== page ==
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Guilt-Filled Irish Have Fun With ‘Rocky Horror Show’

REUTERS

Frank ‘n Furter, the “sweet transvestite from transsexual Transylvania,” is alive and well and lurking in a darkened Dublin hall owned by the Roman Catholic Jesuit order.

“The Rocky Horror Show,” the camp musical that sends up Hollywood B-movies, has finally made it to the Irish capital via Britain, North America, Japan, Australia, Israel and Mexico.

And Frank ‘n Furter, the outrageous star of the show that mixes science fiction, Gothic horror, sex, drugs and rock and roll, shows no signs of relinquishing his passport.

Richard O’Brien’s 1973 stage musical, turned into a film that has become a cult midnight feature for outrageously dressed Rocky fans the world over who copy the film’s characters, will soon hit Eastern Europe, South Africa, Argentina and Brazil.

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After 3,000 performances in London, the stage musical has now moved to the St. Francis Xavier Hall, tucked away on a dingy Dublin side street.

Fans, many dressed up in fishnet stockings, black leotards and surgical gloves--a la Frank ‘n Furter, the transvestite mad scientist played in the film by Tim Curry--are flocking to the show and shouting all the obligatory insults that give the musical its special audience-participation flavor.

They are handed 3-D glasses at the darkened entrance by attendants dressed as ghouls and are treated to a screening of “The Creature From the Black Lagoon.” The wine flows, the fans are well oiled, the show is ready to begin.

The producers have chosen an all-Irish cast, with classical actors reveling in the chance to let their hair down. Stephen Brennan, more used to the staid Irish national theater, camps it up outrageously as Frank ‘n Furter.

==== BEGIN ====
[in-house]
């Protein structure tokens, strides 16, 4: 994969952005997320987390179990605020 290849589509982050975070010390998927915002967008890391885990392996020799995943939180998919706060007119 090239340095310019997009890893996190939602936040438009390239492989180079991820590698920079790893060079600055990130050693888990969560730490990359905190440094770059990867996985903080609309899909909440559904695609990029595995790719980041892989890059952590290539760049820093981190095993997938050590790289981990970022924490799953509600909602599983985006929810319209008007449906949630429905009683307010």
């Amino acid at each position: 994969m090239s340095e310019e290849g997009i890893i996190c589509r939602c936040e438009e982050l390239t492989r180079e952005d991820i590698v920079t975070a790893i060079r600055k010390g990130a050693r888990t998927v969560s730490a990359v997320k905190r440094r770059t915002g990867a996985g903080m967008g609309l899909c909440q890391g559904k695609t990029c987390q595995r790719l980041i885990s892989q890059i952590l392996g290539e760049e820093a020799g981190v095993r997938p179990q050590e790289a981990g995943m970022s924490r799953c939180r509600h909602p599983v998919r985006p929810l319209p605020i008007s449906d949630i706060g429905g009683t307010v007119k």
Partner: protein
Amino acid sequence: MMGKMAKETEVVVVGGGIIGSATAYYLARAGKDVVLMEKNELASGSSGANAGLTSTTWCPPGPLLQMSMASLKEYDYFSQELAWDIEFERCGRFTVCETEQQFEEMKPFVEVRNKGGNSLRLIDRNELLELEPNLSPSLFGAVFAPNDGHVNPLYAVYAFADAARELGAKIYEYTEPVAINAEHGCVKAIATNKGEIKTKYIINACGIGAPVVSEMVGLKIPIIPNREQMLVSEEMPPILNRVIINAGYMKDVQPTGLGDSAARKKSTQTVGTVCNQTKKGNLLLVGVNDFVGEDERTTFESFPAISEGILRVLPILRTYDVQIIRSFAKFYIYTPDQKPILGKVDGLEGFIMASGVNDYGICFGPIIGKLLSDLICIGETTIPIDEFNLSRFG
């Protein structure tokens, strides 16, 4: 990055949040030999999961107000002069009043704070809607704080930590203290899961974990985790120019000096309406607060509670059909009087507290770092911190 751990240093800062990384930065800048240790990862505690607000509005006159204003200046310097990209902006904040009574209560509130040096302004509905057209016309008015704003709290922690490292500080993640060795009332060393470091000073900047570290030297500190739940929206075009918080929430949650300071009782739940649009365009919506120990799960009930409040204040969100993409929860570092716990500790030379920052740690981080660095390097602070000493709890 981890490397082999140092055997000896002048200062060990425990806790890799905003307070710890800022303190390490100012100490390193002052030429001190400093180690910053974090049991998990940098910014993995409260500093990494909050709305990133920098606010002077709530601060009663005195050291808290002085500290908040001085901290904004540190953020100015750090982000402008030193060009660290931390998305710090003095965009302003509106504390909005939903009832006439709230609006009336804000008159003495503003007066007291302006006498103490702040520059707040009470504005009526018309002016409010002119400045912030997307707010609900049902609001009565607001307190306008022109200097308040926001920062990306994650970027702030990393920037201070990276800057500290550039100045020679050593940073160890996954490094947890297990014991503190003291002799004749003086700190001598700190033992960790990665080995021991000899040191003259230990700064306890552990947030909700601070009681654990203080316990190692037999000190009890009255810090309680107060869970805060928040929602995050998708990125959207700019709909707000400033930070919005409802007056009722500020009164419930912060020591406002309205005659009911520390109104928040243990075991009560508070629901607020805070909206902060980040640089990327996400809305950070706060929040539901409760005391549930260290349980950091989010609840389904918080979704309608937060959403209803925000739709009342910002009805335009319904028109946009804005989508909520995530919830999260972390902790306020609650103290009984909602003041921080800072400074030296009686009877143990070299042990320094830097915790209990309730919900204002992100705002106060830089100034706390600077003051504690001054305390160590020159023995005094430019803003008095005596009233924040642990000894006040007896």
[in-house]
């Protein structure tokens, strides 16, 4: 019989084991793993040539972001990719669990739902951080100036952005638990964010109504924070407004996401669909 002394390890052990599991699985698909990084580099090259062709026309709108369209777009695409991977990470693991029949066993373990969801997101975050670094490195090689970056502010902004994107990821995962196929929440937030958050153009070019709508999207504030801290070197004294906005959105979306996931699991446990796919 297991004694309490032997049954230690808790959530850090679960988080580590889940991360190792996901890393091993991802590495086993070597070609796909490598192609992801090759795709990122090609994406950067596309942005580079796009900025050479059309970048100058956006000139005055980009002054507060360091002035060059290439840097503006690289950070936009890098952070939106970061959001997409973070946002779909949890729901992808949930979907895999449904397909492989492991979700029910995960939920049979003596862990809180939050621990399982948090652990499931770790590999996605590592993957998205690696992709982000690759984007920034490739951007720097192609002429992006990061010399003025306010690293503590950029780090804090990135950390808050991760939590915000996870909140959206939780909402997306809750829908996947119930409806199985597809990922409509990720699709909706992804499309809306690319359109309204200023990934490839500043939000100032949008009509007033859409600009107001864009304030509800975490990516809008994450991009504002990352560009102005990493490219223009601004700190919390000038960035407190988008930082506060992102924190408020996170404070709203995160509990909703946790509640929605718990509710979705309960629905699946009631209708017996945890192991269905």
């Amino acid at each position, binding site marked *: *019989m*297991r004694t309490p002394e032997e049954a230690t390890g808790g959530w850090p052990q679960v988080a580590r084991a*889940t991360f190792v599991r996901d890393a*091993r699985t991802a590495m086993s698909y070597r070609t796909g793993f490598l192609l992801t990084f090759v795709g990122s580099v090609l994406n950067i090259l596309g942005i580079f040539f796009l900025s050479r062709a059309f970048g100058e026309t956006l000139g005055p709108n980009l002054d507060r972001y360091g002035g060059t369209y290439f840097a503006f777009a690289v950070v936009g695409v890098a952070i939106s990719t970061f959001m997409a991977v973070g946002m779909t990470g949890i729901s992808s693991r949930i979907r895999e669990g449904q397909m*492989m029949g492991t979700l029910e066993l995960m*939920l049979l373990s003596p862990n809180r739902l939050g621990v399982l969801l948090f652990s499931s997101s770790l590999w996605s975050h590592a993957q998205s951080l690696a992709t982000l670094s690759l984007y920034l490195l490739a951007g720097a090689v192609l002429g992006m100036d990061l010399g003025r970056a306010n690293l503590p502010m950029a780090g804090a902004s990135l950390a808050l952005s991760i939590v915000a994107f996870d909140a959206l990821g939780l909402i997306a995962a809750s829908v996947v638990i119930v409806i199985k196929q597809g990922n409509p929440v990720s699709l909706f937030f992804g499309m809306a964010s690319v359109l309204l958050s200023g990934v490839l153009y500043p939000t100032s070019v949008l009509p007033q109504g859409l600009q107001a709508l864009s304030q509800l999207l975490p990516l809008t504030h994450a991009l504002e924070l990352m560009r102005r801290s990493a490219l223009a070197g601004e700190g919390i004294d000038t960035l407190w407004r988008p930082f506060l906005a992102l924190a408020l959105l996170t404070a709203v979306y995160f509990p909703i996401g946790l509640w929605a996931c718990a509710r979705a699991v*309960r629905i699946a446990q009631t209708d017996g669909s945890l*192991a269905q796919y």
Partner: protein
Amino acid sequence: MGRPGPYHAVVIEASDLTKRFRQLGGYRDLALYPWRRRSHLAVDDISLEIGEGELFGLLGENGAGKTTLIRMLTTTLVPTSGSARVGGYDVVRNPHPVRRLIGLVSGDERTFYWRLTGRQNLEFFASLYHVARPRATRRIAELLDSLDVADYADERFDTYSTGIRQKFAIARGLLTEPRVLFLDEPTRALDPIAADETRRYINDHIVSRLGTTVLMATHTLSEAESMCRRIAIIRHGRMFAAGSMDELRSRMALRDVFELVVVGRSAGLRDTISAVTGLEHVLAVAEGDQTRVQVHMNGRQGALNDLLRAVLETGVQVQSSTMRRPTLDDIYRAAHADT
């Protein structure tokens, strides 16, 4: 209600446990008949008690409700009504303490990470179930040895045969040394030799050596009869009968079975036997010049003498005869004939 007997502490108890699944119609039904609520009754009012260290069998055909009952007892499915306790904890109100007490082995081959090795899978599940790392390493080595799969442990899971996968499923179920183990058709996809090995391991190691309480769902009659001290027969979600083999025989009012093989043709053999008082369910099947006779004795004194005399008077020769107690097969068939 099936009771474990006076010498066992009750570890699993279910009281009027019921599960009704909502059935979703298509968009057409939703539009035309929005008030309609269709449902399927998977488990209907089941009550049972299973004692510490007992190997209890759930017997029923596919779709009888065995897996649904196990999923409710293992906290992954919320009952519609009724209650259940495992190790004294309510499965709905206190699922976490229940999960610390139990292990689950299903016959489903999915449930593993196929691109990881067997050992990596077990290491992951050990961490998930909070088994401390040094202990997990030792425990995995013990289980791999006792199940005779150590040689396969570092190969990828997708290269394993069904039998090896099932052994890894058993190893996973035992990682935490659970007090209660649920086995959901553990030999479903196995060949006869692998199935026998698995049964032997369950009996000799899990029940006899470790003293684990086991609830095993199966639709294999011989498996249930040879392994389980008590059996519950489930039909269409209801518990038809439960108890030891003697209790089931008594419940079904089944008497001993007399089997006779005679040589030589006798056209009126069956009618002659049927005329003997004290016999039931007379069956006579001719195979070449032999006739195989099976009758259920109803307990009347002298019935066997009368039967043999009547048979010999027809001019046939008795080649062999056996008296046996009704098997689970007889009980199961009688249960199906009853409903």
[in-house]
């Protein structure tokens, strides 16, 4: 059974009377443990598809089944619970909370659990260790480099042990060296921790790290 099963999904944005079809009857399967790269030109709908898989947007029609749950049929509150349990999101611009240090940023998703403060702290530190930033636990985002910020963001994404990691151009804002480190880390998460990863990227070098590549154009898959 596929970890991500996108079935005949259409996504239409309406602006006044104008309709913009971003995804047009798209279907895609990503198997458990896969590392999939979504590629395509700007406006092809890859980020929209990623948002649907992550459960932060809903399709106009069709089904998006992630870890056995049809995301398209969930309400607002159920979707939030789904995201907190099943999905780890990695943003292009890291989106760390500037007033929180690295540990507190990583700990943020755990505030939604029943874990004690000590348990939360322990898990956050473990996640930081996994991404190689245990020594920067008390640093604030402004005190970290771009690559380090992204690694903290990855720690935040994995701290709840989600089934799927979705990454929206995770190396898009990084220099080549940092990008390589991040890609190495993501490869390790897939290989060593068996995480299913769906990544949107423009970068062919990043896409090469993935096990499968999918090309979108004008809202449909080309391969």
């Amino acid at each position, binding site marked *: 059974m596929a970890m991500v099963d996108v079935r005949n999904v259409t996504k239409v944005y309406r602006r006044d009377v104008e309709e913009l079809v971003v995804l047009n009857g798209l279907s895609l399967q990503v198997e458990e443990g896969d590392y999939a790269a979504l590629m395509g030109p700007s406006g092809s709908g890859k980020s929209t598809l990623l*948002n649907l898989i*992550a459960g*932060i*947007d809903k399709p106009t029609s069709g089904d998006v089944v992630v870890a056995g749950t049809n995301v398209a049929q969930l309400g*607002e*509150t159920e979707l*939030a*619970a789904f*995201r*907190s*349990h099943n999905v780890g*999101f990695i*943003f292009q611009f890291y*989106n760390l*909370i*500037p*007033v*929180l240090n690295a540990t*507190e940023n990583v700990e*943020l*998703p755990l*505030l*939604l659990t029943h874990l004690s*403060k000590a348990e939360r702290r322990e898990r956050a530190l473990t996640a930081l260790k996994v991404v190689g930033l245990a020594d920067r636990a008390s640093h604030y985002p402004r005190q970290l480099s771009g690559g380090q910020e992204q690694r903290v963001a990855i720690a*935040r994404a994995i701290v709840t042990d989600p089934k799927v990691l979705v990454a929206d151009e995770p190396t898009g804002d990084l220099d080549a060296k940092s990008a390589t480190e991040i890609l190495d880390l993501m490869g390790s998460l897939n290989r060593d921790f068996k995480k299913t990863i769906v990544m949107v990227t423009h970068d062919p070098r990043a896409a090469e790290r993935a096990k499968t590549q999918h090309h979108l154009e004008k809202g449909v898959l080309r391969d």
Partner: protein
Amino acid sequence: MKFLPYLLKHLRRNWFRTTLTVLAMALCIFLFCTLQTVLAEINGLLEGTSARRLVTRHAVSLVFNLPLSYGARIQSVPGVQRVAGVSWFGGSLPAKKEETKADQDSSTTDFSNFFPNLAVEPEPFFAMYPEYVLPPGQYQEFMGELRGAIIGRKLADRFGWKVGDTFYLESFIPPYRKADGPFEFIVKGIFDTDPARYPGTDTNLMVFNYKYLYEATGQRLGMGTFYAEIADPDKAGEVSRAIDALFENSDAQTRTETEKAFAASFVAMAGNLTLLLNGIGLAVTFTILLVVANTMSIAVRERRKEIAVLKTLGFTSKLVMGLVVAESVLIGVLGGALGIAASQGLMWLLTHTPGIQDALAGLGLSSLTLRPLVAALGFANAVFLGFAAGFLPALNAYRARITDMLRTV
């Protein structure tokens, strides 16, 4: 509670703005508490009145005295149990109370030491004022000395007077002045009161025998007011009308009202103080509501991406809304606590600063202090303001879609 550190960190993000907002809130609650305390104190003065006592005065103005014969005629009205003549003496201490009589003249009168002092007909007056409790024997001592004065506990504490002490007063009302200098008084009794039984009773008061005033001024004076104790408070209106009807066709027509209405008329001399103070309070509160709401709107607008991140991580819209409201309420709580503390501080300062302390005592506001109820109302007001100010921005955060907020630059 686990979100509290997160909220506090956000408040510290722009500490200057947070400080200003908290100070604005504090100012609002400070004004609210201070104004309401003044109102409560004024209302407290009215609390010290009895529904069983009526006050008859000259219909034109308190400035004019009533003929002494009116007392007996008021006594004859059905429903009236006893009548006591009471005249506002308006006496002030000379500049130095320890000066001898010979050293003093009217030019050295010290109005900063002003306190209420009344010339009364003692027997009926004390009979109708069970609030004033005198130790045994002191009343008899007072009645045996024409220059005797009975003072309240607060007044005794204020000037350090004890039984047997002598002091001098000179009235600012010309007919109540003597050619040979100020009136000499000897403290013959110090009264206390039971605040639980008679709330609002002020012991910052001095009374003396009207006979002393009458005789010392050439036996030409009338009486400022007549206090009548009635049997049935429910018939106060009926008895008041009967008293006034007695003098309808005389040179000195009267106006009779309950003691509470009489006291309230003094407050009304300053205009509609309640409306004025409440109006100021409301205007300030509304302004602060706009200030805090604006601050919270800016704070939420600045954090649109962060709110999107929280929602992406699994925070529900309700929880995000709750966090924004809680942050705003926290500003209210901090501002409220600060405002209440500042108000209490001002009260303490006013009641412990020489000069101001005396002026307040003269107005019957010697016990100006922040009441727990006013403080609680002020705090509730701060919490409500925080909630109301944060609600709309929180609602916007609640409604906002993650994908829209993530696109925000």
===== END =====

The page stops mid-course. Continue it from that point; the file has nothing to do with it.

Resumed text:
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The lugubrious Alan Stanford revels in the role of the narrator, dressed in a Noel Coward smoking jacket and wisecracking with the audience, which shouts, “Boring!” every time he comes on.

What do the Jesuits think about their hall being given over to scenes of unbridled lust and sex, both hetero- and homosexual, in every available position?

“The Jesuits have no objections whatsoever,” said producer John Costigan.

“The audience is very yuppiefied, very middle-class and party-oriented. People dance in the aisles every night. It certainly hasn’t been sanitized for an Irish audience. Dublin’s huge transvestite population hasn’t manifested itself yet.”

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Frank ‘n Furter certainly strikes a chord in this predominantly Catholic country, where sexual guilt is almost a national obsession.

When he sings, “There is no crime to giving yourself over to pleasure,” the audience roars back, “There is in Ireland.”

O’Brien, bemused by the continuing success of his musical, came to Dublin to see the latest production and gave his approval.

He reflected on why the musical had aged so well.

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“Well, from day one it has attracted people who aren’t traditional theatergoers--and that’s got to be good.

“It has three major elements--sex, rock and roll and Gothic horror--not a bad threesome--and each has its own following. It also examines and unlocks old myths, and it was prophetic of punk--of Boy George, of Prince.”

Any regrets about the show? “I must admit that if I were writing it today, because of sexual disease, I’d be very careful about the sexual do-your-own-thing idea.”

In the United States, The Rocky Horror Picture Show Fan Club has 20,000 members who still flock on Saturday nights to see the film at midnight in 150 theaters nationwide.

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Former Catholic theology teacher Sal Piro, listed in the Guinness Book of Records for having seen the film more than 1,400 times, puts out The Transylvanian fan magazine, organizes trivia quizzes and welcomes “virgins"--people seeing the film for the first time.

O’Brien, whose parents wanted him to be a New Zealand sheep farmer, is constantly in demand for cult Rocky Horror reunions.

Clearly the show must go on and on and on, and O’Brien, reflecting on the day long ago when it all began, said, “I was out of luck, out of work, out of money and out to lunch.

“Why, in those days I didn’t even own a second pair of stilettoes, nor was I aware of the fact that eggs and chips (french fries) were not served in top restaurants. Gosh.”

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